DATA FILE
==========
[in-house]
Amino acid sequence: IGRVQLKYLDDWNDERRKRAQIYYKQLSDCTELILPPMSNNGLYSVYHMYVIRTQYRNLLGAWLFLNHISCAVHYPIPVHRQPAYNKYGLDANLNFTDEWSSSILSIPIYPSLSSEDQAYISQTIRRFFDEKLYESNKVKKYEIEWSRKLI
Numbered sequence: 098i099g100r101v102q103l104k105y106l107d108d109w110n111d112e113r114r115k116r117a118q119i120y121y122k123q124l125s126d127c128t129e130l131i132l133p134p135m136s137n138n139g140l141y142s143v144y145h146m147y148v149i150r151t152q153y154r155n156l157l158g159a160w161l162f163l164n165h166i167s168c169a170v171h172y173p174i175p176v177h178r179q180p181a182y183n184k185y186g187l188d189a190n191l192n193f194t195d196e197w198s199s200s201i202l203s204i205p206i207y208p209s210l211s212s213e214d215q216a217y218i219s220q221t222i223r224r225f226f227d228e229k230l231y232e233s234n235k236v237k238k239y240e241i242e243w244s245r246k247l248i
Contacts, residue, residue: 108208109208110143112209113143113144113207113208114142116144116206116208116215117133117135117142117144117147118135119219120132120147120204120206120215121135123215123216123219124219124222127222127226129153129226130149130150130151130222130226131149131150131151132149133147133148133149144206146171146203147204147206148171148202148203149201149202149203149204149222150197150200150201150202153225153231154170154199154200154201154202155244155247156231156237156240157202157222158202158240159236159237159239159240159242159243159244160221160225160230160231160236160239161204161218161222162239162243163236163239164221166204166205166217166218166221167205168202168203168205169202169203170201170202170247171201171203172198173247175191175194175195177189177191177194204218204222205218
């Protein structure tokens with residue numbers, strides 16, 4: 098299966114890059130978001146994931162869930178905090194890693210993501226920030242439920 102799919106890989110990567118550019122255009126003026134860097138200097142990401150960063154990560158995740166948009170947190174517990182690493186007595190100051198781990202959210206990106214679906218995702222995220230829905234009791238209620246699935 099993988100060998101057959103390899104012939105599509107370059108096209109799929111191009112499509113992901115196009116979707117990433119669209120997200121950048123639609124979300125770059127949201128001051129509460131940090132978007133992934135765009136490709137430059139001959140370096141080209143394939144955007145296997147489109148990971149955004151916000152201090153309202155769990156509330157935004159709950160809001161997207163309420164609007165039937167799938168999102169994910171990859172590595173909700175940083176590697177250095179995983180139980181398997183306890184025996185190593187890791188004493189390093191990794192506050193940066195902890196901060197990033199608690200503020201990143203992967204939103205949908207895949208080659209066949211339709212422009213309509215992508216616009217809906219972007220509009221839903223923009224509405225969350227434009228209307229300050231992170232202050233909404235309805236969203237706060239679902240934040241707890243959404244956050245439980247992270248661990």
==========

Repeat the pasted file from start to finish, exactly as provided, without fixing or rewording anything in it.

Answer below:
[in-house]
Amino acid sequence: IGRVQLKYLDDWNDERRKRAQIYYKQLSDCTELILPPMSNNGLYSVYHMYVIRTQYRNLLGAWLFLNHISCAVHYPIPVHRQPAYNKYGLDANLNFTDEWSSSILSIPIYPSLSSEDQAYISQTIRRFFDEKLYESNKVKKYEIEWSRKLI
Numbered sequence: 098i099g100r101v102q103l104k105y106l107d108d109w110n111d112e113r114r115k116r117a118q119i120y121y122k123q124l125s126d127c128t129e130l131i132l133p134p135m136s137n138n139g140l141y142s143v144y145h146m147y148v149i150r151t152q153y154r155n156l157l158g159a160w161l162f163l164n165h166i167s168c169a170v171h172y173p174i175p176v177h178r179q180p181a182y183n184k185y186g187l188d189a190n191l192n193f194t195d196e197w198s199s200s201i202l203s204i205p206i207y208p209s210l211s212s213e214d215q216a217y218i219s220q221t222i223r224r225f226f227d228e229k230l231y232e233s234n235k236v237k238k239y240e241i242e243w244s245r246k247l248i
Contacts, residue, residue: 108208109208110143112209113143113144113207113208114142116144116206116208116215117133117135117142117144117147118135119219120132120147120204120206120215121135123215123216123219124219124222127222127226129153129226130149130150130151130222130226131149131150131151132149133147133148133149144206146171146203147204147206148171148202148203149201149202149203149204149222150197150200150201150202153225153231154170154199154200154201154202155244155247156231156237156240157202157222158202158240159236159237159239159240159242159243159244160221160225160230160231160236160239161204161218161222162239162243163236163239164221166204166205166217166218166221167205168202168203168205169202169203170201170202170247171201171203172198173247175191175194175195177189177191177194204218204222205218
């Protein structure tokens with residue numbers, strides 16, 4: 098299966114890059130978001146994931162869930178905090194890693210993501226920030242439920 102799919106890989110990567118550019122255009126003026134860097138200097142990401150960063154990560158995740166948009170947190174517990182690493186007595190100051198781990202959210206990106214679906218995702222995220230829905234009791238209620246699935 099993988100060998101057959103390899104012939105599509107370059108096209109799929111191009112499509113992901115196009116979707117990433119669209120997200121950048123639609124979300125770059127949201128001051129509460131940090132978007133992934135765009136490709137430059139001959140370096141080209143394939144955007145296997147489109148990971149955004151916000152201090153309202155769990156509330157935004159709950160809001161997207163309420164609007165039937167799938168999102169994910171990859172590595173909700175940083176590697177250095179995983180139980181398997183306890184025996185190593187890791188004493189390093191990794192506050193940066195902890196901060197990033199608690200503020201990143203992967204939103205949908207895949208080659209066949211339709212422009213309509215992508216616009217809906219972007220509009221839903223923009224509405225969350227434009228209307229300050231992170232202050233909404235309805236969203237706060239679902240934040241707890243959404244956050245439980247992270248661990």